Hello My name is Jagr (not really but lets use this for now). I am 18 years old and I have a lot of friends... when I am at school (I go to High School and it is my last year). They all like me and I like all of them. I don't do any drugs so it's not that "classic druggy case".
Now that's the good part. Here is the problem. I am a respected person in the gaming communities and spend lots of time on PC. I don't get invited to parties or to just "hangout" with friends. I don't know why this is.
I can makes lots of friends fast for short periods of time but I can't seem to keep friends for more than a couple of months.
Ask me if you want me to give some more detail. I will be happy to provide them.
Hi! I'm 29 years and I discovered that I have HDAD when I was about 24. Since then, I did not pay much attention to how I could manage it. I tried medicine, but I could not tell the results because I was taking medicine for depression at the same time.
Jagr, I think it is awsome that you know you have HDAD with 18 years old. But I'm gonna tell you: living with HDAD demands a lot of work. You already see the bad consequenses. You see yourself isolating. I know it manifasts differently in women and man.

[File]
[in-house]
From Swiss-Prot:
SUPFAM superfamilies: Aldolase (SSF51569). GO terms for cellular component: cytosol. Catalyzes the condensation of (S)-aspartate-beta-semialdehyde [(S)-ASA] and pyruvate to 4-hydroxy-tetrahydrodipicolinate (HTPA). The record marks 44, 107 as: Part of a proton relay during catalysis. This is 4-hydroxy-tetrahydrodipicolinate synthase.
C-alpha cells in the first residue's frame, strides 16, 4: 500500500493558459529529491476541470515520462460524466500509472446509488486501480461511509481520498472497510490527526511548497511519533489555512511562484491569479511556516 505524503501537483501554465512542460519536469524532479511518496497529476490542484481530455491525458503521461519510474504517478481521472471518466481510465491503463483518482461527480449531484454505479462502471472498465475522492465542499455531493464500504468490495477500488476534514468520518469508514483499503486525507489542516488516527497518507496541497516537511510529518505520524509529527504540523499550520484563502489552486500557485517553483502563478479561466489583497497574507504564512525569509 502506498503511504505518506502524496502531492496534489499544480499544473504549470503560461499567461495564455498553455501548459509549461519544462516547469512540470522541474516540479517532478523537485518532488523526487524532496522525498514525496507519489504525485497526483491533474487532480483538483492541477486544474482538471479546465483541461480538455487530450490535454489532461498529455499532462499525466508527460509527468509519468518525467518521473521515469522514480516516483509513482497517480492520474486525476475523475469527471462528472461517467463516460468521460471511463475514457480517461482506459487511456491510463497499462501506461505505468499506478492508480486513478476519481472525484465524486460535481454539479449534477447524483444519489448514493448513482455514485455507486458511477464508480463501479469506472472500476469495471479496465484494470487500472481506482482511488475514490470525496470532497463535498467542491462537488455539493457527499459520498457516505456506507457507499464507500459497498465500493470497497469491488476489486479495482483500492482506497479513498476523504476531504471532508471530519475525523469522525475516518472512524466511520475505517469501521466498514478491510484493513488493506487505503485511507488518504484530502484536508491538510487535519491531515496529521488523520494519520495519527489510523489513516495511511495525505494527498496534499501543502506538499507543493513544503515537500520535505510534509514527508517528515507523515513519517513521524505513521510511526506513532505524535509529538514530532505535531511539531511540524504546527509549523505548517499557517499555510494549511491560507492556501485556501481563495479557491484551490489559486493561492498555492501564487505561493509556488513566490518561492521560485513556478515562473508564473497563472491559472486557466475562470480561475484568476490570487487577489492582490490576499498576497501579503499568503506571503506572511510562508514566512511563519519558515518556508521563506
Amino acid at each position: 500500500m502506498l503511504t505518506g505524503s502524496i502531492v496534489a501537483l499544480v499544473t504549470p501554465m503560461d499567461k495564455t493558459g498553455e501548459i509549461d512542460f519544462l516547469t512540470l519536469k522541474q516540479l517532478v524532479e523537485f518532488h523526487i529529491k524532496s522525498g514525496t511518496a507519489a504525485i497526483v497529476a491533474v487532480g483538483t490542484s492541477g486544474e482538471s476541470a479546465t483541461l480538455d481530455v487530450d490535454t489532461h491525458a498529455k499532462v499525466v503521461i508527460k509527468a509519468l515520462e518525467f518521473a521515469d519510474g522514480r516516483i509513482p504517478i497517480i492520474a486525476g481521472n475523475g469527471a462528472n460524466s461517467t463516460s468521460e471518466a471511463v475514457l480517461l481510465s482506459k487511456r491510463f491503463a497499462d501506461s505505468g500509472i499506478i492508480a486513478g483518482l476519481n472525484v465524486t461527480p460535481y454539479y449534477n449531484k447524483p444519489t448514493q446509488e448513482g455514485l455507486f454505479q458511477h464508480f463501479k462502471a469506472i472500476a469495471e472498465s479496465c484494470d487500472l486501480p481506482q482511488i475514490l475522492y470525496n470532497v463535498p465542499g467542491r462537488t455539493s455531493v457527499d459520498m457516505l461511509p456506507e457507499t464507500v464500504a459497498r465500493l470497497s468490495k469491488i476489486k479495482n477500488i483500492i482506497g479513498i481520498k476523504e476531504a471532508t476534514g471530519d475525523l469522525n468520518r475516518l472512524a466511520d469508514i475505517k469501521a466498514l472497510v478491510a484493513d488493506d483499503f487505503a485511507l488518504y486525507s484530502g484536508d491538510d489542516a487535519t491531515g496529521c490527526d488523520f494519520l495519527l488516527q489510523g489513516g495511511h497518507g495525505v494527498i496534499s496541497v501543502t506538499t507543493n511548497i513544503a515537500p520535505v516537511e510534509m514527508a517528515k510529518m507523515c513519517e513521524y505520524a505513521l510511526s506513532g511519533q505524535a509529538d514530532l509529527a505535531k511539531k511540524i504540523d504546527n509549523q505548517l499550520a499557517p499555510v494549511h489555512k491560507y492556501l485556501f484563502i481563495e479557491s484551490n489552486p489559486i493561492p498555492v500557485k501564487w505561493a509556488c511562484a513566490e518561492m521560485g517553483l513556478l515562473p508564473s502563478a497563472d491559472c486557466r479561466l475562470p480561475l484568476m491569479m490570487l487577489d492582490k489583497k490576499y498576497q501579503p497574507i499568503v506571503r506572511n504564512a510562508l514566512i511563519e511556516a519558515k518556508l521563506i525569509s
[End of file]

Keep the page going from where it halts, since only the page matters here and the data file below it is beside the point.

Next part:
I know that we can sometimes develop behaviors that pushes people away (talking too much, not answering phones, being disorganized), but we can diminish these "bad habits" using tools to help us. I, for example, was never able to organize my schedule. I would always arrive late and miss appointments. Then I researched at the Web and the answer was simple: have an agenda. It was very hard for me, but today I sit down, focus, and write my schedule for the week, always in advance, how it was adviced.
But going back to you... try to understand why is that you can't keep a friend for more than a month. Be honest with yourself. Ask your family members... And start working on it! Sometimes it is a simple thing as talking too much. Sometimes it is just because you're spending too much time in virtual communities than real ones (I don't want to sound like your mom :)". After that, try to be the one to invite people to do things. But not what only you like and makes you comfortable, but common stuff that friends do.
See, I'm not a doctor, I might be wrong. But there is no easy way. Nobody will take HDAD as an excuse, which mean that society will expect from you what they expect from anybody. You will have to find a way to adapt.
When I was your age, I had a lot of friends, but they all knew I had "my moments", which meant that I would be out of reach for some time (it was the time I was too anxious). Everybody respected that, because I'd always make efforts to try helping them and listening to them.